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I was recently asked to describe my style of HR and I said, “I’m the opposite of Toby Flenderson- I’m competent and compliant as a professional, but my style is to shake things up, to know the culture by being in it, to blend science and art – I’m a renegade”.
The dictionary definition of renegade is quite harsh though, to be sure: 1) a person who deserts and betrays an organization, country, or set of principles, additionally, 2) a person who behaves in a rebelliously unconventional manner- the second might be more fitting. And at times I do feel like the antithesis of “best practice”, employee handbook, cookie-cutter HR.
You know what I’m talking about, the job in every company that takes flak for everything people disdain about office life, e.g., mandatory sexual harassment training, policy and procedure memos, safety compliance videos… and anything else that reeks of bland, dull, monotonous boredom. Of course sexual harassment is a big deal, and staying compliant with regulations, keeping accurate documentation, and maintaining a clear and current set of policies and procedures are all imperatively necessary duties of HR. However, the discipline of Human Resources has grown out of its administrative roots, and now has a bigger role in the strategic leadership for organizations (a seat at “the table” is the oft-used expression).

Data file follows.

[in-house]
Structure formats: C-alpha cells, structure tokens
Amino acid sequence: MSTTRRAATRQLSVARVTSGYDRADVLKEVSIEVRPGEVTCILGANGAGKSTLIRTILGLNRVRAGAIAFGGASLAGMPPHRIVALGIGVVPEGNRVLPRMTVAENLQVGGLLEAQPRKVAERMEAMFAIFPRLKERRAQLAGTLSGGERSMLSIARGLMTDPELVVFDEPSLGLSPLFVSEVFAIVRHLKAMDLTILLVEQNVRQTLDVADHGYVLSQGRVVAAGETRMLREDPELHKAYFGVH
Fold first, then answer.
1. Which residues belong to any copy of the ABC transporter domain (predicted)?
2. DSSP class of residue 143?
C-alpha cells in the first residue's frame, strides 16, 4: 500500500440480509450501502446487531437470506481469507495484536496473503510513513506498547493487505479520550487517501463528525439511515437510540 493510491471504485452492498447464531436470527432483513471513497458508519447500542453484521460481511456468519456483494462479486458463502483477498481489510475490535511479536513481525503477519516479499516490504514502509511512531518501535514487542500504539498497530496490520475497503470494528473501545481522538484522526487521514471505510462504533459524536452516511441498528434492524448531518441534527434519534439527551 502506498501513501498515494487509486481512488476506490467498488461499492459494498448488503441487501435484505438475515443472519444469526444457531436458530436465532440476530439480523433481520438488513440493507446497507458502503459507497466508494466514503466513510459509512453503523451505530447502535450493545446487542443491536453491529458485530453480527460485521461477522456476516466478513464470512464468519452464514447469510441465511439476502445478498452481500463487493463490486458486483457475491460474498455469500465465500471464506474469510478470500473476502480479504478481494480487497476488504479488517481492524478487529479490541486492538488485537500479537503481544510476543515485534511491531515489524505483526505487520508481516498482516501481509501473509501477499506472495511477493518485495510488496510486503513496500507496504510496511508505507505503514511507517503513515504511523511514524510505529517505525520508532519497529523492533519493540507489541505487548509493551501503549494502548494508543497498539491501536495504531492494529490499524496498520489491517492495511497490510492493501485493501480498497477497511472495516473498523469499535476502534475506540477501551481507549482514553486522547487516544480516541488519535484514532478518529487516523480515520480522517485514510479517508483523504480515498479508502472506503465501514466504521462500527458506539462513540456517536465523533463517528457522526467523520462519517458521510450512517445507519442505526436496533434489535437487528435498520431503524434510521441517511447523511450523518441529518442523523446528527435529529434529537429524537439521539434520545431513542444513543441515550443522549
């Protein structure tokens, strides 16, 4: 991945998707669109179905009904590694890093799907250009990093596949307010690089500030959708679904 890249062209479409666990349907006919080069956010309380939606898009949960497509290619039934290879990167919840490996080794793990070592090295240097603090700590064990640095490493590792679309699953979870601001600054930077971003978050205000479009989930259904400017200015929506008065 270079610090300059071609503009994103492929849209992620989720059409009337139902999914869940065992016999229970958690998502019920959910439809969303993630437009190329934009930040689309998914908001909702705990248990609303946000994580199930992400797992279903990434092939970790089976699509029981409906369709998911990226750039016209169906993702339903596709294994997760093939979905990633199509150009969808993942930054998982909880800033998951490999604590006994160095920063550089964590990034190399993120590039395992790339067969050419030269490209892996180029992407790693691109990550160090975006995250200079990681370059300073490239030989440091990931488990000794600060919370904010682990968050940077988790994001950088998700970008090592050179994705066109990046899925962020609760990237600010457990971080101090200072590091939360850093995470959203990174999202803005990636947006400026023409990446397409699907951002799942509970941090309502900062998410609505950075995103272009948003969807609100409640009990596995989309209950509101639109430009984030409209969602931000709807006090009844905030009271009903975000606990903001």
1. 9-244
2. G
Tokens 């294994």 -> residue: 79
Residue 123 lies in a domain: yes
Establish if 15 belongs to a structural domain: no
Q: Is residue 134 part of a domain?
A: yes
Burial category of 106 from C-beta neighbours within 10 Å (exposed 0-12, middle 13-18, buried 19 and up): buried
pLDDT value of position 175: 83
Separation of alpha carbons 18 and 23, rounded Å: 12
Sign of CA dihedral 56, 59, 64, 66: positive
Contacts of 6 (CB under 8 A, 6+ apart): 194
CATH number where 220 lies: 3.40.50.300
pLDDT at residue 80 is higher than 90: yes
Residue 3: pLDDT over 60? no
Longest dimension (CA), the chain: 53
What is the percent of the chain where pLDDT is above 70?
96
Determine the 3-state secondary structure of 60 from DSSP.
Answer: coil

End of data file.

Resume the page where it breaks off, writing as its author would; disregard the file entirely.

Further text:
Further, HR isn’t the department you need when you hit fifty employees, and it’s much more valuable than simply processing payroll and administering benefits(as big PEOs usually position such services). Startups companies with as few as 3-5 founders now bring a People Ops leader into the fold, because competition for talent is fierce, and scaling company growth at the inception of a company is especially important, as those hires set the climate or culture to a large degree. You definitely want an expert in communication, psychology, management, or law weighing in on these important decisions.
And if you’re not working in a startup, you can still shake things up in your organization. Become the culture expert if you’re not that person already and use your knowledge of motivation and engagement to implement something new and exciting for your team. Think outside of the box, e.g., having a creative writing instructor provide a workshop to inspire your people to be more creative and autonomous in their communications with clients.
I get a lot of inspiration for my renegade thinking from the HR pros listed below, so I decided to put together an actual list and share it. And in great marketing form, it’s a Top Ten – also because there are so many more HR Renegades out there, and I wanted to keep it short enough to make sure I finished this article, i.e., to ensure it didn’t sit on a to-do list and forever reside in procrastination eternity. Please comment with any of your renegade suggestions below – I’d love to further expand my sources too.